The departure of the inspectors team led by Swedish chemical weapons expert Ake Sellstrom "is now imminent," Ban's office said in a statement two weeks after announcing Syria agreed to let the U.N. team investigate three sites where chemical weapons may have been used.
The world body said July 31 the U.N. inspectors would leave to inspect the sites as soon as possible.
But after nearly two weeks of delays, Ban's office said Tuesday the visit was further delayed because U.N. and Syrian negotiators hadn't reached an agreement on measures to ensure the team's safety.
A day after releasing that statement, Ban's office said the regime of President Bashar Assad "formally accepted the modalities essential for cooperation to ensure the proper, safe and efficient conduct of the mission."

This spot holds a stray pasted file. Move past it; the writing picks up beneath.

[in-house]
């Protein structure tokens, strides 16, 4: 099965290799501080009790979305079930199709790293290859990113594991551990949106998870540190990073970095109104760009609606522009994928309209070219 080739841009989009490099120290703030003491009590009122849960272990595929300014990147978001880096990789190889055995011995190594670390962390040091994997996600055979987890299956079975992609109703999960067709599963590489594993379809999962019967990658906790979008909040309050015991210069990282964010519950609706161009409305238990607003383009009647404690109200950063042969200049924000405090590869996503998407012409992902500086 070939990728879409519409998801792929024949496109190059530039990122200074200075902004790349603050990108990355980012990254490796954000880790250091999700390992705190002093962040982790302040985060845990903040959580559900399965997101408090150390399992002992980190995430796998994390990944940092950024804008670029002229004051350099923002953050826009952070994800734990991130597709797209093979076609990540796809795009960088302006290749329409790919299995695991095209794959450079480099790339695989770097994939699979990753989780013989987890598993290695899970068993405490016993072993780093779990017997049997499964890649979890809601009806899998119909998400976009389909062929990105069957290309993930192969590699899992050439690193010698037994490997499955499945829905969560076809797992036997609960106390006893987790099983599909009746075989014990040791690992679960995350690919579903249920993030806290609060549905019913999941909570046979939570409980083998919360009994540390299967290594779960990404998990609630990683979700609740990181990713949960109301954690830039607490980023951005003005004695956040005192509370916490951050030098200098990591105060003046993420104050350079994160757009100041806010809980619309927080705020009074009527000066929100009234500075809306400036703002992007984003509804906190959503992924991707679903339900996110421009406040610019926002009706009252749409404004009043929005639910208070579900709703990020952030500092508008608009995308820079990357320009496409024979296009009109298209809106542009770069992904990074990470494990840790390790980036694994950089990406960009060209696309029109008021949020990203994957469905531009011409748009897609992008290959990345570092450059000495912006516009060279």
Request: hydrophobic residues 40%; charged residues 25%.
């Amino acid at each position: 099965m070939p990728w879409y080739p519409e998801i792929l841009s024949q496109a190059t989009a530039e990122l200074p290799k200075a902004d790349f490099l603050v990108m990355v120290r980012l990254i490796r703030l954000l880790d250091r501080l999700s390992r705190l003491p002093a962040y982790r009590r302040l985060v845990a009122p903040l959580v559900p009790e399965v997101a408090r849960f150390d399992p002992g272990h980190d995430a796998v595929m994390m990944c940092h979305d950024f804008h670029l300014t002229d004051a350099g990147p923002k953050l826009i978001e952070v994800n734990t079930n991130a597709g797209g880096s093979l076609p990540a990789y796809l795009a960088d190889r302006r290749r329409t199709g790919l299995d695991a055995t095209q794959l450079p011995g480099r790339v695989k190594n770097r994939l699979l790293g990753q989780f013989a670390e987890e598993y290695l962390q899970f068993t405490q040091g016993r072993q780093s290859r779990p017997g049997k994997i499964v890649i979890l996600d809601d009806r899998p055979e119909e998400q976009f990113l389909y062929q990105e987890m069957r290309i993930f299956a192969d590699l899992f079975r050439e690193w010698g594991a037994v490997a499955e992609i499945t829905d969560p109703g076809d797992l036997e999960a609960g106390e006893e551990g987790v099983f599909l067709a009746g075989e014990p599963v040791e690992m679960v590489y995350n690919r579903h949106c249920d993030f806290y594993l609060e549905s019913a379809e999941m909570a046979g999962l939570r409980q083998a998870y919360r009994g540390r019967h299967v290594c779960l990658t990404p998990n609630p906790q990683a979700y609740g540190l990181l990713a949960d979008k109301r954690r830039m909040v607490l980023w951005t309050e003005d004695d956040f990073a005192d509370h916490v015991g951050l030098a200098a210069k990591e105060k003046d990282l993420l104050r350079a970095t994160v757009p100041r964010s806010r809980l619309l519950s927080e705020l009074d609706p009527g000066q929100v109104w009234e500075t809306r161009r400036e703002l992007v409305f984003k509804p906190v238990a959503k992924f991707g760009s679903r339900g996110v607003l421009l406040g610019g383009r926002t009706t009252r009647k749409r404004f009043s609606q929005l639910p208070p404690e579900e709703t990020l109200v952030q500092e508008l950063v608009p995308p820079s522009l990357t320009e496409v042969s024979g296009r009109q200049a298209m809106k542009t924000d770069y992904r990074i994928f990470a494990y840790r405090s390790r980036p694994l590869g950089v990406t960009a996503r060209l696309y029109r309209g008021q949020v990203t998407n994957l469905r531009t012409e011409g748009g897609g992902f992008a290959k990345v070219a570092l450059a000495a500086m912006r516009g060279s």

Assad's regime agreed the team would "remain in the country to conduct its activities, including on-site visits, for a period of up to 14 days, extendable upon mutual consent," Ban's office said.
One site to be visited is the Khan al-Assal district of Aleppo, where the Assad regime alleges Syrian rebels used chemical weapons March 19.
The two other locations to be visited were not announced.
Sellstrom's panel has received unconfirmed evidence 13 sites in Syria were subjected to chemical weapons use. His panel's purpose is to determine if such weapons were used, not who used them.
Assad and the rebel opposition have both accused each other of deploying chemical weapons in the conflict, which is nearly 3 1/2 years old and has left more than 100,000 Syrians dead.